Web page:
3. As a quarterback and future Hall of Famer Aaron Rodgers is supposed to a leader. Questioning his teammates' lack of energy or toughness, as Rodgers did following the Pack’s loss to the Colts, is not leadership. It’s his frustration, his deflection. Call for the general desire for improvement, don’t try and pinpoint the symptoms of anyone beyond yourself. I admittedly may be a bit jaded by all the weird Rodgers’ family drama emanating from the last season of The Bachelorette, but I can’t remember the last time Rodgers said anything publicly that bordered on inspiration. But I still have mad respect for his leadership in lip syncing.
4. Yikes, the Sunday Night Football ratings are again ugly. Courtesy of Pro Football Talk’s Michael David Smith, Week 9’s Broncos-Raiders game drew an 11.7 rating, down from SNF’s 14.7 rating in Week 9 of last year. This game featured a rivalry royale between the emerging Raiders and the Super Bowl champions battling for divisional supremacy. The anthem protest narrative has mostly died down, the election is almost over with very few undecideds remaining, and the World Series is over. This is a very bad sign for the NFL. By the way, this number only supports my theory that the lack of superstar quarterbacks is having a significant effect on viewership. Derek Carr is playing well and has been a great story, but few non-Raiders or Broncos fans are cancelling their dinner reservations for Carr vs. Trevor Siemian.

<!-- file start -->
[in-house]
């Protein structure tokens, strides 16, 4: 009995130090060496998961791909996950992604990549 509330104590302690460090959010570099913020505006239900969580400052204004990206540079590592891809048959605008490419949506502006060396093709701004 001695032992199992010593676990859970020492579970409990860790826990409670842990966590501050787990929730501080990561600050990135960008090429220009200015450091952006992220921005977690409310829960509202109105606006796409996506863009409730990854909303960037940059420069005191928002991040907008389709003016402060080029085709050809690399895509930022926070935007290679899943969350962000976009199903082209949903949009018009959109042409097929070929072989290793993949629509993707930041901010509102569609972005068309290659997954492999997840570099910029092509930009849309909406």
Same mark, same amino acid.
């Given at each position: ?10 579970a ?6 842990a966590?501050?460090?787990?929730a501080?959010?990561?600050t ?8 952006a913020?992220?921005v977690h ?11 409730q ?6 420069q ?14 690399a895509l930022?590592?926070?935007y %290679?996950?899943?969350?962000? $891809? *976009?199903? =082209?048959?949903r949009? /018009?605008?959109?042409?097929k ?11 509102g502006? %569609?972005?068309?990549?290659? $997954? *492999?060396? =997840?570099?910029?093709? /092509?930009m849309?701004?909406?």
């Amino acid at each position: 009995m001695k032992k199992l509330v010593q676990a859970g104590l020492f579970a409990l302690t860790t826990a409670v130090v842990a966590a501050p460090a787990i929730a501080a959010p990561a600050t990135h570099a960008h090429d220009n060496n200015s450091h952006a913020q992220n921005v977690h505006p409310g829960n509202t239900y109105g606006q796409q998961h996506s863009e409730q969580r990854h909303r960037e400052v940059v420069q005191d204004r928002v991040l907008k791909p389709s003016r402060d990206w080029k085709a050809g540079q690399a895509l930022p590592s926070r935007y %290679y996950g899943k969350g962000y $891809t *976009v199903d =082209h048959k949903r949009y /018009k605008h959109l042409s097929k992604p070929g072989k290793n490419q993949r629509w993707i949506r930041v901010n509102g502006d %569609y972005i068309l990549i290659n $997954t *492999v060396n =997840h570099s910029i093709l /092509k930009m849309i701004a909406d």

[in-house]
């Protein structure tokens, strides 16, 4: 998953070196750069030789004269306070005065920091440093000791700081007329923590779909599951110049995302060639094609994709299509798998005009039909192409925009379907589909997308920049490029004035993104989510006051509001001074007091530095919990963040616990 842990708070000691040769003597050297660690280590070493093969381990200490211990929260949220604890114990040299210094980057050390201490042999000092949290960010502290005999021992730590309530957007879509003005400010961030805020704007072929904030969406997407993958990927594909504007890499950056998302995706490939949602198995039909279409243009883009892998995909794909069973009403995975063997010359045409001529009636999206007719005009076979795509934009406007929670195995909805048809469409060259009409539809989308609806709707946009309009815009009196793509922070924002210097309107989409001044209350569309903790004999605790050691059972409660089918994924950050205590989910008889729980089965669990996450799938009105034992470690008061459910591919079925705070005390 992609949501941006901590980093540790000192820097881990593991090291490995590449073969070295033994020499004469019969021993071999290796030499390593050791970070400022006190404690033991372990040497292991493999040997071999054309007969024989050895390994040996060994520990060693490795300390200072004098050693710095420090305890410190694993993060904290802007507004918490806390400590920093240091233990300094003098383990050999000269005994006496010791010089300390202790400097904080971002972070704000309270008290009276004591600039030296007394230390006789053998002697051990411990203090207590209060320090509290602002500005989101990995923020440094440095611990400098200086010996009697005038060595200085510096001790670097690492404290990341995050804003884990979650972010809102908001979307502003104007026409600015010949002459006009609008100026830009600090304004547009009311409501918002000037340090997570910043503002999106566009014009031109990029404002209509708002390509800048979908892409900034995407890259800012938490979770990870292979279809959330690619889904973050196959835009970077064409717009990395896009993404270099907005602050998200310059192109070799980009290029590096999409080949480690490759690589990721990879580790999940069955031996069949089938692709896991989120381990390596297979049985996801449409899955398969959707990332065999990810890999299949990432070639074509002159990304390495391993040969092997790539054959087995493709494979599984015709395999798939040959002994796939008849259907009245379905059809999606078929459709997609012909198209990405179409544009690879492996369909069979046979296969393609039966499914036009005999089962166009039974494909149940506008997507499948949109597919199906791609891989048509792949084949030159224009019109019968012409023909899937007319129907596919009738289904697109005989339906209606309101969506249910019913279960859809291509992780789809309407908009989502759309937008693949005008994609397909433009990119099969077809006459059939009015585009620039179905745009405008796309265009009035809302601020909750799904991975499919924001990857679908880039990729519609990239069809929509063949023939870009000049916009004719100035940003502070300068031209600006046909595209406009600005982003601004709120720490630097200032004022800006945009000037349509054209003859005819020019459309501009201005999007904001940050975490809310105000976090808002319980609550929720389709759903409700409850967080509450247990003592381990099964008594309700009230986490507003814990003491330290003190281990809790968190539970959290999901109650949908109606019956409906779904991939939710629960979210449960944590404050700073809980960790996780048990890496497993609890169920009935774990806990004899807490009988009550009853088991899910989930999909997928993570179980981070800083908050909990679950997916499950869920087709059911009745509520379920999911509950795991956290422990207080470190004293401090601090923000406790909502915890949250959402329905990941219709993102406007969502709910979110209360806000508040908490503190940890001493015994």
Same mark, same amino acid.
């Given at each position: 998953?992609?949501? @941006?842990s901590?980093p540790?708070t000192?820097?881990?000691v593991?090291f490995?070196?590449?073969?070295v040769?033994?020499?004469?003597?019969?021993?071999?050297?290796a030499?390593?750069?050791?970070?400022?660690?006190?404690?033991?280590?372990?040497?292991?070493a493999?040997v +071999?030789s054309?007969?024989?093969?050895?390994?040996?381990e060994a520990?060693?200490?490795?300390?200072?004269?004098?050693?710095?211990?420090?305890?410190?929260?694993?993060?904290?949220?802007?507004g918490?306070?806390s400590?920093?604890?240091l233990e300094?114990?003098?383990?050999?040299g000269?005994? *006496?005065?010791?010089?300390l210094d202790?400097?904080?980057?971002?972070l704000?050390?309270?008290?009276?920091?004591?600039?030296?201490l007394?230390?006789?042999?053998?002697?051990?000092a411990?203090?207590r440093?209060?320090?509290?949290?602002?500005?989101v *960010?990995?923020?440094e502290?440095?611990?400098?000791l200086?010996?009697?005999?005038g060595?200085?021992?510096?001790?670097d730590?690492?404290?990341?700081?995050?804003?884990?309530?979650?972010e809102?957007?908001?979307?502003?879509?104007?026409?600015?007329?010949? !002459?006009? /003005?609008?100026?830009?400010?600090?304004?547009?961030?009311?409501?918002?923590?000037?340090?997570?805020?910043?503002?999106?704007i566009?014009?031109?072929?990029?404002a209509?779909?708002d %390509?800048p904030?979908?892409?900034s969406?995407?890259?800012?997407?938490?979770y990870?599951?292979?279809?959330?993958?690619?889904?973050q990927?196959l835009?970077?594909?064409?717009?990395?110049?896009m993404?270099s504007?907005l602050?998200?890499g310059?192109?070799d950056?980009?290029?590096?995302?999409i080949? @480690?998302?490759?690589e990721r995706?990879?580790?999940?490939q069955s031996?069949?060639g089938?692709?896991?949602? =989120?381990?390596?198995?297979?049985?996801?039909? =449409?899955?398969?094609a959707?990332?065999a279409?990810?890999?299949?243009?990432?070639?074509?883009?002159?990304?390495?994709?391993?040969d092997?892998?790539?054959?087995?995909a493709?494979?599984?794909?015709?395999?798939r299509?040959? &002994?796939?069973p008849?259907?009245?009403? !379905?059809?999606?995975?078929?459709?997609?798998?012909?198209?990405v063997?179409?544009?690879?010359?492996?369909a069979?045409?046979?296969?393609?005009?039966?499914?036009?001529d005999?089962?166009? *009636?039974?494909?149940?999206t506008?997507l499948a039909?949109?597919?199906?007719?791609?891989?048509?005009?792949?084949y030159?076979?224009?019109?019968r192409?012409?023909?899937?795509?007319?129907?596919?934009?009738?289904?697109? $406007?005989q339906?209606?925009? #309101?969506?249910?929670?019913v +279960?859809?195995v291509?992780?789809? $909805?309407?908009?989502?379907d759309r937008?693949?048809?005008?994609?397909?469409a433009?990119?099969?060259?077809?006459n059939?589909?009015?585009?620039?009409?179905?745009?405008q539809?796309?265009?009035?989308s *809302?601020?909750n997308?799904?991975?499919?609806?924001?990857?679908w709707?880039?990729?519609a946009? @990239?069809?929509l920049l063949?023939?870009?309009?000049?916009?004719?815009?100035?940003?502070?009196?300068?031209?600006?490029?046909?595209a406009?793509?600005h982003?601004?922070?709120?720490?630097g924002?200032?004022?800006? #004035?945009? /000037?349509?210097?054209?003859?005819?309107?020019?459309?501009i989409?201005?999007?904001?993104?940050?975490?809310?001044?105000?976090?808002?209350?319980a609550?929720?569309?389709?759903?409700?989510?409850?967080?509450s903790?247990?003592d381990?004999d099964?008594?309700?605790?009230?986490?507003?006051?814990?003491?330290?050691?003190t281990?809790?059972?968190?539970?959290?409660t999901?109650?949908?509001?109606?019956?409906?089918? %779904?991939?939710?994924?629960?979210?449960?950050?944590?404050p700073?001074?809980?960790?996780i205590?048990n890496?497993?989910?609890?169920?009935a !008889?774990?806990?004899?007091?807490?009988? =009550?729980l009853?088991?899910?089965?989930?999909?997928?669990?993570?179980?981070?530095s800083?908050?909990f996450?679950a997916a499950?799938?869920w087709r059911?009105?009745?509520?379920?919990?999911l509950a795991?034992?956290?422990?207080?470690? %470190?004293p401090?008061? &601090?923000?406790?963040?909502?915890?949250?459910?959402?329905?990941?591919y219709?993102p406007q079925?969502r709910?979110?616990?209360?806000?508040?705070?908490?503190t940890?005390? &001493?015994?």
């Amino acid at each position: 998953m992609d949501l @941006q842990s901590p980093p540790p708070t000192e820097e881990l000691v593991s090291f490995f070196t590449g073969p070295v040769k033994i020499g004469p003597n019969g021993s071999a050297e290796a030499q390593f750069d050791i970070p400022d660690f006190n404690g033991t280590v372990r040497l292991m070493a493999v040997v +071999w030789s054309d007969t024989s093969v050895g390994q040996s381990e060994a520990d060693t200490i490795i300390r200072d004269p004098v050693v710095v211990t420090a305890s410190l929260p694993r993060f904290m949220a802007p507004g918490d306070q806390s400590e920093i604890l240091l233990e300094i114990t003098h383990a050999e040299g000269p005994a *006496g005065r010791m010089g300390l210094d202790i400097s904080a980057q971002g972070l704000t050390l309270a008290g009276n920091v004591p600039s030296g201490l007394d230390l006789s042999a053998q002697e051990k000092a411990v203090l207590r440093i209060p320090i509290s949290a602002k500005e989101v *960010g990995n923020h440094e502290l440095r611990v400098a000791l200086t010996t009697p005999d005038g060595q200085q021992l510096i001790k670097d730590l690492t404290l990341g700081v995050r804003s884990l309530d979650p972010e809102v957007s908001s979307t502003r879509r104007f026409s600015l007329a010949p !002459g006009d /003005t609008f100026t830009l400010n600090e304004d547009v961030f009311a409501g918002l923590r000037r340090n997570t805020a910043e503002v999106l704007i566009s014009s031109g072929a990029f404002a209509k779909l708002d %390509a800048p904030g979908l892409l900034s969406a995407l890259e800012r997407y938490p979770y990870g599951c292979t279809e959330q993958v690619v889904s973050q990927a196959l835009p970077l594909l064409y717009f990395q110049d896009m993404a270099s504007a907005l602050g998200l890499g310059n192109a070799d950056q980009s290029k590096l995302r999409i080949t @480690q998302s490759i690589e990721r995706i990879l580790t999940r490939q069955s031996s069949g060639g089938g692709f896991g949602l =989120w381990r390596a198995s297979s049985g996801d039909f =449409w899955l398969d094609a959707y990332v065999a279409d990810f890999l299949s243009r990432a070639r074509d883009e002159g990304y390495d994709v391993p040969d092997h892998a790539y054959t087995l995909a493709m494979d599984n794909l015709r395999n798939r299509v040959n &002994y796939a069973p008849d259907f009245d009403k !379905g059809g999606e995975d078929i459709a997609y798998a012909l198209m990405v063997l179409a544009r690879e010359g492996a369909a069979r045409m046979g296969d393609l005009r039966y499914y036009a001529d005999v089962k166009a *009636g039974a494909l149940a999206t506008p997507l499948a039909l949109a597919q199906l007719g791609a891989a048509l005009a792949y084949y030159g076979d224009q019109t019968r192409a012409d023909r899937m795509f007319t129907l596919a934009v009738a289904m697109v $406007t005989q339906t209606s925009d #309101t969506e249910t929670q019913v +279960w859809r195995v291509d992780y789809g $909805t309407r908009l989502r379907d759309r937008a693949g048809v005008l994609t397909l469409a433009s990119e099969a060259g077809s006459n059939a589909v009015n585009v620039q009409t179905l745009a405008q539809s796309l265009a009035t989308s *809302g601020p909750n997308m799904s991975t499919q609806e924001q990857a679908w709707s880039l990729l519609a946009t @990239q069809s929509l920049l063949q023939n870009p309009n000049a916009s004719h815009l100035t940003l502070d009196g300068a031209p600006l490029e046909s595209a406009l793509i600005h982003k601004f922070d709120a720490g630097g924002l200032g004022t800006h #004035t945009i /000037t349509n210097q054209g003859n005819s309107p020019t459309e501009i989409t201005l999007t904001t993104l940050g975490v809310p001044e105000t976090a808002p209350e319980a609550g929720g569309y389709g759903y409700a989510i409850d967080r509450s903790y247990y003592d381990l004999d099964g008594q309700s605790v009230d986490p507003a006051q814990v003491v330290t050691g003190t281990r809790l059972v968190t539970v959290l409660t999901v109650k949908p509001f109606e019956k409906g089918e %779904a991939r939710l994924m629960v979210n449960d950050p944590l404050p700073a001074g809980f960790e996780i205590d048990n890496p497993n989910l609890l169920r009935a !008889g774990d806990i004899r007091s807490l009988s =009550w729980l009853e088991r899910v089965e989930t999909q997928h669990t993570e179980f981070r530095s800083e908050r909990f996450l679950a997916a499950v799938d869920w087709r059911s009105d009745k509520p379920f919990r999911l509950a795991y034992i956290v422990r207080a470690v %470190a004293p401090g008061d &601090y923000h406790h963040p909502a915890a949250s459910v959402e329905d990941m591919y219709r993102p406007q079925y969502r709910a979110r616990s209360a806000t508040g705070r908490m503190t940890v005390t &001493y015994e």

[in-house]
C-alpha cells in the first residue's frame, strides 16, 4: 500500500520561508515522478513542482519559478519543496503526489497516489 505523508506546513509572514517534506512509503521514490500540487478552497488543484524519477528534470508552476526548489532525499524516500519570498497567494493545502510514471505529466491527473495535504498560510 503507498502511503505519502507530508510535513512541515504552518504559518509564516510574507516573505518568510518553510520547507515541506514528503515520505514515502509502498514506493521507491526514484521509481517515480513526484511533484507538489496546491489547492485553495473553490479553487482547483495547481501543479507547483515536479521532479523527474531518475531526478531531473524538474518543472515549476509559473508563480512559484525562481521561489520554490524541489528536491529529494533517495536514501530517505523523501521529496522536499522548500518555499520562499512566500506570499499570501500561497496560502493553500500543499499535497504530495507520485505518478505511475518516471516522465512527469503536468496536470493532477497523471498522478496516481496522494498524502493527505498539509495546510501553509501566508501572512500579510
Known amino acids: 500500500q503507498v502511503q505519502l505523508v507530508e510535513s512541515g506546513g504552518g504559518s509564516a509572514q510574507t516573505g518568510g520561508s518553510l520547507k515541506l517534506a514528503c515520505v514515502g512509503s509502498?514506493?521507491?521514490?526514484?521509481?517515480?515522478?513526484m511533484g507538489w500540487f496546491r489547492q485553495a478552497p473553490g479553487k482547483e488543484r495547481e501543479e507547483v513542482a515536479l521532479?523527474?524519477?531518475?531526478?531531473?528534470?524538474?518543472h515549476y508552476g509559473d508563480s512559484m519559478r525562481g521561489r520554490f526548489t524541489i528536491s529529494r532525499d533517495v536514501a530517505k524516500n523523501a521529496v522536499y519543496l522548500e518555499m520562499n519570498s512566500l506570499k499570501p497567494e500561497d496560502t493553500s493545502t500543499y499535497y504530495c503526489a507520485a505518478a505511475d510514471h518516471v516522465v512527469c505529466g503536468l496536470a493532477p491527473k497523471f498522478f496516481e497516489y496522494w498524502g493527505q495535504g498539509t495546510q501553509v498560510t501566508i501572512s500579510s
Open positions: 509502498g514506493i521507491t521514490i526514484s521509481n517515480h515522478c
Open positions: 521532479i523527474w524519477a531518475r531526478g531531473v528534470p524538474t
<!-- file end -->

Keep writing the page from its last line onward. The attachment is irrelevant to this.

5. Finally, a poignant moment from my weekend. My amazing cousin Daniel had his B’nai Mitzvah (multiple Bar Mitzvahs at once because this is New York City), and I couldn’t be prouder. Daniel read and chanted flawlessly and gave a powerhouse speech about the boy he is and the man he is becoming. One of the other bar mitzvah boys also gave a moving speech, this one about respect. The speech was already gripping but catapulted to another level when he invoked his ultimate example of a respect warrior: Colin Kaepernick. This boy spoke eloquently and emotionally of Kaepernick’s risktaking in a quest for the oppressed to be treated equally. There was something particularly moving about an upper-middle class 13-year-old Manhattanite viewing Kaepernick as a role model and his brand of activism as the gold standard. At that moment, I truly realized that Kaepernick’s legacy will forever be bigger than a Super Bowl berth or a passer rating.